National Retail Federation President Matthew Shay traveling to China in effort to strengthen U.S. retail industry's ties with fellow retailers, manufacturers, says China is 'integral to the success of the U.S. retail industry'
October 17, 2011
(National Retail Federation)
– National Retail Federation President and CEO Matthew Shay will travel to China this week for a four-day trade mission intended to strengthen the U.S. retail industry’s ties with fellow retailers, manufacturers, other businesses and both U.S. and Chinese government officials. The trip is the first in a series of NRF visits to other nations to position U.S. retailers for growth around the world.
“China is integral to the success of the U.S. retail industry,” Shay said. “High quality, high value merchandise produced by Chinese factories is key to U.S. retailers’ ability to supply American families with the products they need and want at prices they can afford, greatly expanding the consumer value we offer. But China is also a nation in transition, and as a rapidly growing economy, it represents a huge new market where U.S. retailers and brands hope to expand as they grow beyond U.S. borders. This trip is intended to build upon the already strong ties retailers have in China and look for opportunities that will be mutually beneficial as the economies of both our nations grow and evolve.”
Shay is scheduled to leave Washington today and arrive on Wednesday in Beijing, where he will meet with officials of the Chinese Chain Store and Franchise Association and the China Commerce Association for General Merchandise. On Friday, he will be in Guangzhou for the 110th annual China Import and Export Fair, where more than 350,000 international retailers, buyers and exhibitors come together each year to discuss economic and cultural exchange, foreign trade and investment. Shay, who will be accompanied by NRF Senior Vice President for Government Relations David French, will return on Saturday after interviews with Chinese journalists that morning.
Shay is also scheduled to meet with officials at the U.S. Embassy in Beijing to address U.S.-imposed trade barriers that drive up the cost of merchandise, Chinese rules that restrict U.S. retailers’ ability to open stores there, delays in processing visas for Chinese citizens traveling to the United States to shop or for business, and legislation pending in Congress that would pressure China to let its currency float more freely against the U.S. dollar.
“Washington has been quick to respond to political pressure by imposing restrictions on trade with China, but the truth is that these restrictions do little if anything to protect or create U.S. jobs,” Shay said. “Most of the merchandise retailers import from China simply isn’t made in the United States at affordable prices or in commercial quantities anymore. Trade barriers that keep our industry from sourcing goods in China mean that the trade simply shifts to other foreign countries. U.S. policymakers need to see China as a market and a valuable trading partner, not the enemy.”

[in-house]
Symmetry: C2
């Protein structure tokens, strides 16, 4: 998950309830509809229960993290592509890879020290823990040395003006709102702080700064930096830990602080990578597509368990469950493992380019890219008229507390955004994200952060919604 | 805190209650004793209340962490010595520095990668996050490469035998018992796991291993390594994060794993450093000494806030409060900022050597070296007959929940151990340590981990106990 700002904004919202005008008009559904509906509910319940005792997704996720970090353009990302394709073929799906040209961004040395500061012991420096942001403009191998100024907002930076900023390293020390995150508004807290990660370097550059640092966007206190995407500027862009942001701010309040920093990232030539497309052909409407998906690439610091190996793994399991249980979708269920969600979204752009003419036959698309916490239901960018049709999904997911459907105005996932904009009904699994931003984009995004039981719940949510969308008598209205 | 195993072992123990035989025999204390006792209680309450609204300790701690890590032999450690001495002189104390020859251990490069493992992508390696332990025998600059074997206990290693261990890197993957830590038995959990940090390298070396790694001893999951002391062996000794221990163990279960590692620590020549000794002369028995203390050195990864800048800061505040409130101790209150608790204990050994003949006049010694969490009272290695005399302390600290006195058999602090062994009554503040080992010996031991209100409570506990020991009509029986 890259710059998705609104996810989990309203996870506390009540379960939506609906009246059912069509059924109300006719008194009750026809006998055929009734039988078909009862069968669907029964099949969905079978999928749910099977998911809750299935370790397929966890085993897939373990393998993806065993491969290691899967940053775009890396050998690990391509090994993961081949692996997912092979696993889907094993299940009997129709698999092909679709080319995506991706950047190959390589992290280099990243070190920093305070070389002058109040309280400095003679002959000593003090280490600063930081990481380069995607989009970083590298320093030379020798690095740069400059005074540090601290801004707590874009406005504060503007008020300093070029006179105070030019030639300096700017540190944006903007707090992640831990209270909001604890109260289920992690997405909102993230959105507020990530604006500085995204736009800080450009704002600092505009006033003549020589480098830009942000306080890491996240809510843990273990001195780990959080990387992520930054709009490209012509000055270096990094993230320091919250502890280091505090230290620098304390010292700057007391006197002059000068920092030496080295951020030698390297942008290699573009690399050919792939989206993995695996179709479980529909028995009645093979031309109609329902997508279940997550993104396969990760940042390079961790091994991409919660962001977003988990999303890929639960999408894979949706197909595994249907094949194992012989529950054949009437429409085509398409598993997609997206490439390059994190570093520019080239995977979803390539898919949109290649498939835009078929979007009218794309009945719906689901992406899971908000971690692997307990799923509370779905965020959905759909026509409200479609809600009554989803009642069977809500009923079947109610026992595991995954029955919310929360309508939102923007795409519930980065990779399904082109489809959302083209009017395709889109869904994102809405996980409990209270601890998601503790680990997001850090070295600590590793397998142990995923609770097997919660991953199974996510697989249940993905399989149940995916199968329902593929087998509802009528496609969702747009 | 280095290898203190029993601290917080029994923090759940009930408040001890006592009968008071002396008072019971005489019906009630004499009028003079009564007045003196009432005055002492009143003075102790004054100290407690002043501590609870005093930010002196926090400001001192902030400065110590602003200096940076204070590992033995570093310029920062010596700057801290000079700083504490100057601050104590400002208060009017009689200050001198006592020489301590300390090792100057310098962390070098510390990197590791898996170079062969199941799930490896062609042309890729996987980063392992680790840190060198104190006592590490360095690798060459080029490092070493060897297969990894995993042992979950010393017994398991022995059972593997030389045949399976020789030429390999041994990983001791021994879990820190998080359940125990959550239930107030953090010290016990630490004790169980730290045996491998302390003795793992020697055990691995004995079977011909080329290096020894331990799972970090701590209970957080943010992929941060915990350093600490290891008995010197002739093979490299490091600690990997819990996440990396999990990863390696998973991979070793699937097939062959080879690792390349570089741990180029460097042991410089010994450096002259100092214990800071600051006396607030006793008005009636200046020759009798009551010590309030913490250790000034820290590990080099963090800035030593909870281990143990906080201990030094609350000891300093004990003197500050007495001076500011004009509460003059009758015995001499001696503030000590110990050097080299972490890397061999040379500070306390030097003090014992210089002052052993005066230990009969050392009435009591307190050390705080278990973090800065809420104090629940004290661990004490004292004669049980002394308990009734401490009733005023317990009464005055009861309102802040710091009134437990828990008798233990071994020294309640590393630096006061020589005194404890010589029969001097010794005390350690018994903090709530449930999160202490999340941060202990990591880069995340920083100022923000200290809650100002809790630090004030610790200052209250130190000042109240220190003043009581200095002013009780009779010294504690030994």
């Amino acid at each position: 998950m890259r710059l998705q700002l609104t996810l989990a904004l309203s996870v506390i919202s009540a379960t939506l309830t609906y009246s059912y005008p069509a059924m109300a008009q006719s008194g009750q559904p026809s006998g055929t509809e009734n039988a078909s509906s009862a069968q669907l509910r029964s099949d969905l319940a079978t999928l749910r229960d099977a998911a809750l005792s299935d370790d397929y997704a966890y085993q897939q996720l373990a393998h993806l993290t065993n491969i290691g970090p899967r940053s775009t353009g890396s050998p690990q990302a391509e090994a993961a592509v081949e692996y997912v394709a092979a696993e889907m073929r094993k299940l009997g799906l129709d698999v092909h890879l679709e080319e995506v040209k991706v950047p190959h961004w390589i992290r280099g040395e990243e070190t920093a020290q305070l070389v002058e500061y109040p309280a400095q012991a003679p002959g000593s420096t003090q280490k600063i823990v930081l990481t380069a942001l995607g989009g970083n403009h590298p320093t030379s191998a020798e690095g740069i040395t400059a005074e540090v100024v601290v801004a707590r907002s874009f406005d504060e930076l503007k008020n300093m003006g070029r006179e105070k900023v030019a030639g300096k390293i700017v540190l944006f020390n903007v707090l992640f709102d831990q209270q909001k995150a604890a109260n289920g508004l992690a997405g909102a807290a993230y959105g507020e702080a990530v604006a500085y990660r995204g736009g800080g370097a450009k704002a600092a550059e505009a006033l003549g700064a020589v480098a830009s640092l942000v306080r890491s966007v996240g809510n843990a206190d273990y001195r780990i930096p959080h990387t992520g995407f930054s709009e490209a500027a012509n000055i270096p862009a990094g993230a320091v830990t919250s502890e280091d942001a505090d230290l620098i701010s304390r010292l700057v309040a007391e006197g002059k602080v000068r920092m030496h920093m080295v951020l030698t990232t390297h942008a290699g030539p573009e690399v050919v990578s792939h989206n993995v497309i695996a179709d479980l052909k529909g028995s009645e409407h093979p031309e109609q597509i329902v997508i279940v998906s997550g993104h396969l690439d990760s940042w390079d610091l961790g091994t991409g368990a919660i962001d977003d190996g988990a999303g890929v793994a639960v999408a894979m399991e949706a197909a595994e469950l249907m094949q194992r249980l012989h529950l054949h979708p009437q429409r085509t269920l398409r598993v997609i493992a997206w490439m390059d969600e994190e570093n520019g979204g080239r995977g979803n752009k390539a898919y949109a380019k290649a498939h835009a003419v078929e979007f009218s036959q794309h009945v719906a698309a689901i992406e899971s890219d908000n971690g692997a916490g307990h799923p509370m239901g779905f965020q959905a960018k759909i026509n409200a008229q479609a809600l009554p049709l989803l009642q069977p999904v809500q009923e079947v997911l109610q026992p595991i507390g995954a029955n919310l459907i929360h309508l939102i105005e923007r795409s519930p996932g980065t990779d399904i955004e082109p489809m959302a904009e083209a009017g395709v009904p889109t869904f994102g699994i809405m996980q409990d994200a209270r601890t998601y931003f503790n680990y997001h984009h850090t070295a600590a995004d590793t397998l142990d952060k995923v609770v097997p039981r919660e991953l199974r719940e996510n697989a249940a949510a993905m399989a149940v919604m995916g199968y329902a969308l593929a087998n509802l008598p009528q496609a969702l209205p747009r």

NRF strongly opposes legislation being debated in the Senate this week that would use countervailing duty and antidumping mechanisms to pressure China to revalue its currency. NRF has warned that the legislation would likely violate World Trade Organization rules, leading to retaliation against U.S. exports and putting the jobs of workers at American companies that do business with China at risk. NRF believes the yuan should be allowed to float, but supports multilateral and diplomatic negotiations as the best approach.
NRF supports legislation sponsored by Representative Joe Heck, R-Nev., that would require the State Department to reduce the time for processing visa applications to 12 days. Chinese citizens currently wait 120 days or more for a visa interview at the U.S. embassy or consulates, discouraging tourists who want to visit the United States to shop and causing difficulties for U.S. retailers that need to bring management from their stores in China to the United States for training.
China is the leading supplier of imported merchandise for U.S. retailers, providing about $300 billion in goods each year, accounting for 80 percent of Chinese exports. But with Chinese wages and the value of the yuan growing, China is becoming more expensive as a source of merchandise and more attractive as a market. Chinese wages have risen 40 percent in the past year because of a shortage of skilled workers, while the value of the yuan has risen 30 percent since 2005 and 7 percent since July 2010.
Shay’s visit to China is a key element of the “Retail Means Jobs” campaign NRF launched last month to bolster the economy and job creation. In addition to China issues, NRF’s trade agenda under the campaign includes an international push to highlight the importance of retail to the global economy, approval of pending Free Trade Agreements with Panama, Colombia and South Korea, and renewal of the Generalized System of Preferences.
As the world’s largest retail trade association and the voice of retail worldwide, NRF’s global membership includes retailers of all sizes, formats and channels of distribution as well as chain restaurants and industry partners from the United States and more than 45 countries abroad. In the United States, NRF represents an industry that includes more than 3.6 million establishments and which directly and indirectly accounts for 42 million jobs – one in four U.S. jobs. The total U.S. GDP impact of retail is $2.5 trillion annually, and retail is a daily barometer of the health of the nation’s economy. www.nrf.com.